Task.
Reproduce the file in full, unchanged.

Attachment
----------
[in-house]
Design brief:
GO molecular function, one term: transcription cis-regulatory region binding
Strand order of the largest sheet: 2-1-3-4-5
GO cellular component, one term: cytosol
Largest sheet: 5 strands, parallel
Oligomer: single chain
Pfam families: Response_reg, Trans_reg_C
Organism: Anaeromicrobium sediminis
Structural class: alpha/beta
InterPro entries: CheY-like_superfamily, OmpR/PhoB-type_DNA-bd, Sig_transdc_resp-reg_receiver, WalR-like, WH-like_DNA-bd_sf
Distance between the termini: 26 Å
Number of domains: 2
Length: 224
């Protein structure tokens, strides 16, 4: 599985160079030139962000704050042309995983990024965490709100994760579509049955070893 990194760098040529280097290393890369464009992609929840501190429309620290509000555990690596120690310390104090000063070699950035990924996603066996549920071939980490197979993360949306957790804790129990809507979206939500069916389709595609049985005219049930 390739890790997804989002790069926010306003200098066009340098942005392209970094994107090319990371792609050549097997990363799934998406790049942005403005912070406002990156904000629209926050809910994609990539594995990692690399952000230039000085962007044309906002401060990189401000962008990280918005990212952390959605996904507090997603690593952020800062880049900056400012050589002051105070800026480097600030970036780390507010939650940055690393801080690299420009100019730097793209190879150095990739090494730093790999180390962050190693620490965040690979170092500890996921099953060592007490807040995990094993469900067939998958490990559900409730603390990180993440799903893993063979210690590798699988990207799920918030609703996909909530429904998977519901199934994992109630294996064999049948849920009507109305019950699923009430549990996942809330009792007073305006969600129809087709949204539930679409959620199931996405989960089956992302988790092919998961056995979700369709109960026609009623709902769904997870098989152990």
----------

[in-house]
Design brief:
GO molecular function, one term: transcription cis-regulatory region binding
Strand order of the largest sheet: 2-1-3-4-5
GO cellular component, one term: cytosol
Largest sheet: 5 strands, parallel
Oligomer: single chain
Pfam families: Response_reg, Trans_reg_C
Organism: Anaeromicrobium sediminis
Structural class: alpha/beta
InterPro entries: CheY-like_superfamily, OmpR/PhoB-type_DNA-bd, Sig_transdc_resp-reg_receiver, WalR-like, WH-like_DNA-bd_sf
Distance between the termini: 26 Å
Number of domains: 2
Length: 224
């Protein structure tokens, strides 16, 4: 599985160079030139962000704050042309995983990024965490709100994760579509049955070893 990194760098040529280097290393890369464009992609929840501190429309620290509000555990690596120690310390104090000063070699950035990924996603066996549920071939980490197979993360949306957790804790129990809507979206939500069916389709595609049985005219049930 390739890790997804989002790069926010306003200098066009340098942005392209970094994107090319990371792609050549097997990363799934998406790049942005403005912070406002990156904000629209926050809910994609990539594995990692690399952000230039000085962007044309906002401060990189401000962008990280918005990212952390959605996904507090997603690593952020800062880049900056400012050589002051105070800026480097600030970036780390507010939650940055690393801080690299420009100019730097793209190879150095990739090494730093790999180390962050190693620490965040690979170092500890996921099953060592007490807040995990094993469900067939998958490990559900409730603390990180993440799903893993063979210690590798699988990207799920918030609703996909909530429904998977519901199934994992109630294996064999049948849920009507109305019950699923009430549990996942809330009792007073305006969600129809087709949204539930679409959620199931996405989960089956992302988790092919998961056995979700369709109960026609009623709902769904997870098989152990």